The emphatic command of the statutes is illustrated by the holdings that a power of appointment conferred in a subsequent trust agreement is validly exercised by a previously executed will containing no specific exercise of any power of appointment.
The testamentary power was limited to an appointment in favor of the donee’s husband; there was a gift of the residue to the donee’s children and in default thereof to her husband. In holding that no intent not to exercise the power in favor of the husband was to be implied from the facts that the children, if any, were ineligible appointees and the bequest to the husband was only substitutional, the court declared that if there were something in the will to show that the donee-testatrix both knew the terms of the power and had them in contemplation in making her will, ‘then it might be urged that the implication was necessary that she did not intend to execute the power of appointment’. There is nothing in the will of the elder to show that he had the power of appointment in mind when he executed his will; nor is there anything to show that he consciously and deliberately omitted to exercise the power so that the corpus would go, pursuant to the trust provisions, to his children and lineal descendants in equal stirpital shares. Under these circumstances, as stated in the case, ‘the statute steps in and sends the property, subject to the power, in the same direction as that in which the testatrix has sent her own property.’
Having held that the effective exercise of the power of appointment by the will of the elder entitles his son’s estate to the corpus of the trust, the court will now consider whether the trust ended upon the death of the younger in 1955 or whether it will continue during the lifetime of the petitioning trustee for the benefit of lineal descendants.
The guardian, on the other hand, contends that the settlor purposely used proper legal terms of varied meaning which should be strictly and literally construed, that as a ‘lineal descendant’ his ward need not have been in esse when his grandfather died in 1924, and that the settlor was not only interested in future estates, but intended to protect them fully during the stipulated term of decedent’s life.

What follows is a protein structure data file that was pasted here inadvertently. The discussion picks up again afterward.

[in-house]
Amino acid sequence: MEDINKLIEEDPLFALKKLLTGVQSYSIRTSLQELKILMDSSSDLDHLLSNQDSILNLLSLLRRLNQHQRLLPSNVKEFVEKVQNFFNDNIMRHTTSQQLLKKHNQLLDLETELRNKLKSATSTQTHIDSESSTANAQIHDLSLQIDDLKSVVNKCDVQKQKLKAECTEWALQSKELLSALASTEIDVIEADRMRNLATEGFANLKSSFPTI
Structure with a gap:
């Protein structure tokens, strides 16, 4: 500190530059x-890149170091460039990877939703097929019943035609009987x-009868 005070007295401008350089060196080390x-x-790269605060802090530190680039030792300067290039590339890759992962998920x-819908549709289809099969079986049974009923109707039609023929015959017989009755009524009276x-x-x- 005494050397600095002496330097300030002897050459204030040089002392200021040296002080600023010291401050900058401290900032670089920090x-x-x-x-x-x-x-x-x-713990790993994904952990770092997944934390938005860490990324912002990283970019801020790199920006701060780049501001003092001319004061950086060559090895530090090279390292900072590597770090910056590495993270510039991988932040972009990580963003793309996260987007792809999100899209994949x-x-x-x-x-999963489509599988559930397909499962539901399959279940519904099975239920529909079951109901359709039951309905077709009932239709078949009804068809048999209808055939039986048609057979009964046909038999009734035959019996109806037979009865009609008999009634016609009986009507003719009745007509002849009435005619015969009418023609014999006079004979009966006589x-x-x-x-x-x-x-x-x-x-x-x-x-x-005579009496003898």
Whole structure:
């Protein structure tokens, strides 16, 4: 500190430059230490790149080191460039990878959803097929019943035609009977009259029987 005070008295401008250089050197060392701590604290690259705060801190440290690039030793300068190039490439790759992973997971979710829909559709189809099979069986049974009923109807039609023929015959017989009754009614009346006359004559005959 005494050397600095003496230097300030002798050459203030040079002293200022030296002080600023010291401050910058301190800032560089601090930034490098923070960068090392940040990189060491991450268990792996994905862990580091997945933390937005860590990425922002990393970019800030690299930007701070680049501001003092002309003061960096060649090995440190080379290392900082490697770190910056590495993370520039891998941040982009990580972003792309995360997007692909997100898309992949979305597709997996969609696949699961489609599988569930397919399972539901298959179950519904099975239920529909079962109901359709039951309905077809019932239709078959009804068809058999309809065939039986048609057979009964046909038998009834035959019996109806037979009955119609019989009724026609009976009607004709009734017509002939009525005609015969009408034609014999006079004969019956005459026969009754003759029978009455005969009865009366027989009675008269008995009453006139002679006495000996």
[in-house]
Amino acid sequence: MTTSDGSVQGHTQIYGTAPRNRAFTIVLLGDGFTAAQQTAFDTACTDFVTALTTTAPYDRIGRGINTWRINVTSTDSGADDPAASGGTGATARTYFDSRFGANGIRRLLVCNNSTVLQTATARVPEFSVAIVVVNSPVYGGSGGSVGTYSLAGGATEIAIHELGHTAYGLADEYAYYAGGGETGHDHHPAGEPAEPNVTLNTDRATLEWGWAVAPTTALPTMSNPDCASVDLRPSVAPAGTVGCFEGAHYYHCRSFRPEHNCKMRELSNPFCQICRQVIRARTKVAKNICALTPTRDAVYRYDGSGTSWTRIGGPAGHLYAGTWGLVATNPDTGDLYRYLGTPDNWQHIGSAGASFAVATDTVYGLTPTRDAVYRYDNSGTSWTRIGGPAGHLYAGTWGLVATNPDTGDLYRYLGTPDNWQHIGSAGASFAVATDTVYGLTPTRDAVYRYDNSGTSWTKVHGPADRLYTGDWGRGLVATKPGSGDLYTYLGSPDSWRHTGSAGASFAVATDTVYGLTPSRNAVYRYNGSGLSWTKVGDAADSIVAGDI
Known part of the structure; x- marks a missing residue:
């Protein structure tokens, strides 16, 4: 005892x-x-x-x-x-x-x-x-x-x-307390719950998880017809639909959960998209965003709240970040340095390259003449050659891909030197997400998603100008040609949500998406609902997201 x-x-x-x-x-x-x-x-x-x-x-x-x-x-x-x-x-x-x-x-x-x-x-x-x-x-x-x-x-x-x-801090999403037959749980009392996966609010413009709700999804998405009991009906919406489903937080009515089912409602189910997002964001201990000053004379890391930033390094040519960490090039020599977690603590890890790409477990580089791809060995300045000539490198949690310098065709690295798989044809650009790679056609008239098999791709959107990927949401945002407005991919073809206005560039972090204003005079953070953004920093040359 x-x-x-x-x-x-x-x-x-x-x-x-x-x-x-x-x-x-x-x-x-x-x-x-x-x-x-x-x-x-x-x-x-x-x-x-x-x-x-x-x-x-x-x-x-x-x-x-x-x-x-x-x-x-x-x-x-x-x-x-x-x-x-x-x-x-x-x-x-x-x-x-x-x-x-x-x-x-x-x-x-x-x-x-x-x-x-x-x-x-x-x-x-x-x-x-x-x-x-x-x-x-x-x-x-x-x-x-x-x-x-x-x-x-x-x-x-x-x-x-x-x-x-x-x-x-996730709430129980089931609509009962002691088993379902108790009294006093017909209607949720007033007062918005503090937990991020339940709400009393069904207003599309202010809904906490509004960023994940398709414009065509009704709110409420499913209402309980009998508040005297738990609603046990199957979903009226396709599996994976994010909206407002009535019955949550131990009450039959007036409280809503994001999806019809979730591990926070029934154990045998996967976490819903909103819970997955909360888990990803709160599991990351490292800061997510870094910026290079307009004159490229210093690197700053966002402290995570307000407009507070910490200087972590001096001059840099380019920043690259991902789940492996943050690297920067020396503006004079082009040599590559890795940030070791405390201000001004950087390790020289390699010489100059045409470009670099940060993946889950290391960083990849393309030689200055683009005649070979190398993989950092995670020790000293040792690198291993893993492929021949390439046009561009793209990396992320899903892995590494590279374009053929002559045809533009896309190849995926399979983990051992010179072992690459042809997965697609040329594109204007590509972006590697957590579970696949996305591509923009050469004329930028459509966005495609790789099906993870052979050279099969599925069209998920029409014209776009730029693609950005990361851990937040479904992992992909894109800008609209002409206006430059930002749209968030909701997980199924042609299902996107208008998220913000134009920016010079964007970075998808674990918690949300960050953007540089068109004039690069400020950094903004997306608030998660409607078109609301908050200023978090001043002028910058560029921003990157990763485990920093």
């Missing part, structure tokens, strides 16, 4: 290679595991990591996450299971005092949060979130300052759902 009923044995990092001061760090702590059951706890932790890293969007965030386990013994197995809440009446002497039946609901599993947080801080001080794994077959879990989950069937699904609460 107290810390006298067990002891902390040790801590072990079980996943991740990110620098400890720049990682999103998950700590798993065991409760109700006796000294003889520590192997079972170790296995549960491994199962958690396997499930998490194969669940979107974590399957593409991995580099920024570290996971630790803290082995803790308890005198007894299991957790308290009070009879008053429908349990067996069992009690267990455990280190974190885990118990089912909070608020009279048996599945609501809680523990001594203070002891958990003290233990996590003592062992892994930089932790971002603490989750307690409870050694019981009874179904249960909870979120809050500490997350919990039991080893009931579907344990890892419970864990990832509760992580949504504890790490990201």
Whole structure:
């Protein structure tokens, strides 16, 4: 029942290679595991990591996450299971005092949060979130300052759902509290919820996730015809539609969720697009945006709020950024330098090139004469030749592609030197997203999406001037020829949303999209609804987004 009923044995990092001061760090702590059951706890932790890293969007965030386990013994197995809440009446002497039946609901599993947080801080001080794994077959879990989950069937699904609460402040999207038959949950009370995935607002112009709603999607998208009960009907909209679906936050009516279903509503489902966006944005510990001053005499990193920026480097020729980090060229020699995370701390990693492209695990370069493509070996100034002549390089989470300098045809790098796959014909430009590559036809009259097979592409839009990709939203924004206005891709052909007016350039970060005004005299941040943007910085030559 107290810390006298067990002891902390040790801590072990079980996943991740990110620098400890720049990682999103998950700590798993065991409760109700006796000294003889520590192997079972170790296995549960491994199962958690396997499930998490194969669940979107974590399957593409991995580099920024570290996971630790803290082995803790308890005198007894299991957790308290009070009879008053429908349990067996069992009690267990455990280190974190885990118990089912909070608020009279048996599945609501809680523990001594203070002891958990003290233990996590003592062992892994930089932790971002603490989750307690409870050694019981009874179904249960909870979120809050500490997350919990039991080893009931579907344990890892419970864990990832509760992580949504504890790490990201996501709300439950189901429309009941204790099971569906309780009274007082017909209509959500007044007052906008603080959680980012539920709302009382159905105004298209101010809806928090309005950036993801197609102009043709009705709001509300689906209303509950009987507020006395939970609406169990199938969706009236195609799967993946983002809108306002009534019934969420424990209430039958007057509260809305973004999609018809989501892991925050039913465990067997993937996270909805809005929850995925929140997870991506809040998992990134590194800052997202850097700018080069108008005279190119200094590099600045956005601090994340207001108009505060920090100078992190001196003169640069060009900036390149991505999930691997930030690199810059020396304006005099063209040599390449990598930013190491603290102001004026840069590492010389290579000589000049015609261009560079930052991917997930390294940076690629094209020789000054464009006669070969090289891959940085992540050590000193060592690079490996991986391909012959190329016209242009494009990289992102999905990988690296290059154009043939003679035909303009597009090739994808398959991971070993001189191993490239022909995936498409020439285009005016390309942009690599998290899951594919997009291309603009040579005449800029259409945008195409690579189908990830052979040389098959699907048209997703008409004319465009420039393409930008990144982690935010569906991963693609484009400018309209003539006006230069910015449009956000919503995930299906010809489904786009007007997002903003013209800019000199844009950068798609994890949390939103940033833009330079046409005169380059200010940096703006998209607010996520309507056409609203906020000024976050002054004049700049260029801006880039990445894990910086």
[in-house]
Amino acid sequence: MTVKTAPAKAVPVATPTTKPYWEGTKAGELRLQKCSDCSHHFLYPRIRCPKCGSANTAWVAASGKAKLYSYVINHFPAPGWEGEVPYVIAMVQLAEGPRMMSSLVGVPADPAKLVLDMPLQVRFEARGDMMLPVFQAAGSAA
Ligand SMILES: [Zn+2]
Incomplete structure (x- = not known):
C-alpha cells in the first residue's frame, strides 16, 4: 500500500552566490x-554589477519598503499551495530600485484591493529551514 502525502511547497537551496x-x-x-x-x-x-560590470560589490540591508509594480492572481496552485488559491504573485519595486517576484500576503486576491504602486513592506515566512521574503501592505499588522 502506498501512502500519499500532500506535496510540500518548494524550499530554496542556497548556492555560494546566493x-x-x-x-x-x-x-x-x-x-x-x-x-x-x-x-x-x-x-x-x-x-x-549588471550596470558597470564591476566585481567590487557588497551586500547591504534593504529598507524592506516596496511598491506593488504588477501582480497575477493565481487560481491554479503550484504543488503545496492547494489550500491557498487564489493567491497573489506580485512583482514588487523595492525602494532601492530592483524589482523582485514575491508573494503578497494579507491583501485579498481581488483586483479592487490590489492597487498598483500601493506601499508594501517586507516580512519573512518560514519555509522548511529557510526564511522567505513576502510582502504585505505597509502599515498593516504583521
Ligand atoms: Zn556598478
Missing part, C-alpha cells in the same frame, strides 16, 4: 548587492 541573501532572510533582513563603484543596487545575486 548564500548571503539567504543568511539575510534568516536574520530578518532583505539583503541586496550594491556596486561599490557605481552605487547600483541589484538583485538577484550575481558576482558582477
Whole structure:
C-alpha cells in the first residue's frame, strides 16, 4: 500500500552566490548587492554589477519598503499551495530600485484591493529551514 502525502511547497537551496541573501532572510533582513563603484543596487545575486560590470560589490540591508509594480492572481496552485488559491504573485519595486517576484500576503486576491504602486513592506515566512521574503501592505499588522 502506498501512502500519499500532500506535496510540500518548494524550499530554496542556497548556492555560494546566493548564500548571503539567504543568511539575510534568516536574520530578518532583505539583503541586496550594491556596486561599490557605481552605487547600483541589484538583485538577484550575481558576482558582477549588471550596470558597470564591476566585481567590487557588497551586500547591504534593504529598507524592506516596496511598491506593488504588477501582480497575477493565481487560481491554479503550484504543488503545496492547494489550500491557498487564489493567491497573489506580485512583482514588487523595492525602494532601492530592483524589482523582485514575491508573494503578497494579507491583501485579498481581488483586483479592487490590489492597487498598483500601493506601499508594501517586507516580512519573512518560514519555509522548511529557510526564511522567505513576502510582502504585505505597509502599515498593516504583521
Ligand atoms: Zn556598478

As stated in a case, the natural term of a trust is ‘the lives of all the beneficiaries,’ while the stipulated term is ‘the close of the selected and designated lives’. The collation in another case of the decisions distinguishing between the natural and stipulated terms of a trust shows that most cases discussing the distinction are concerned with the question initially of validity of a trust, and not with the construction of a valid trust. In such cases, while the stipulated term, standing alone, might invalidate the trust through an unlawful suspension of the power of alienation, the natural term, showing the full accomplishment of the purposes of the trust, might save it. In the instant case, the stipulated term raises no question of unlawful suspension so that facet of the earlier cases in unimportant.
In another case, the will provided that the income from the residuary estate should be paid to three named children of the testator during the lives of two named granddaughters. Upon the death of the grandchildren the principal was to be paid to the three children equally or to their then living issue, per stirpes. The children survived the testator but predeceased the granddaughters. The court rejected the contention that the duration of the trust should be measured solely by the natural term of the children’s lives. The testator’s direction was to be followed and the remaindermen determined on the deaths of the two grandchildren.
In the opinion of the court, the position of the guardian on his branch of the case appears to be sound. The use by the settlor of the words ‘lineal descendants,’ obviously of broader import than the word ‘children’, used elsewhere, connotes a consideration for other than issue of the first degree. Obviously, the creation of a spendthrift trust for the elder was not the sole object of the settlor, since otherwise there would have been no need for or purpose to the second sentence of Article ‘First’ and the measurement of the trust on the additional life of decedent.
It is held that the trust has not terminated so that demands for immediate payment from the remainderman’s interest are premature. The United States Government as a creditor does not ask for payment but asks only that its lien by attachment be established. Such relief is authorized by section 916(6), Civil Practice Act, and it is granted.
No objections have been interposed to the account although the special guardian has reserved on that branch of the proceeding. He may have until September 6, 1957 to serve and file his supplemental report and objections, if any, to the account. If there be any such objections further decision will be rendered thereon. If there are no objections to the account, an order may then be settled accordingly.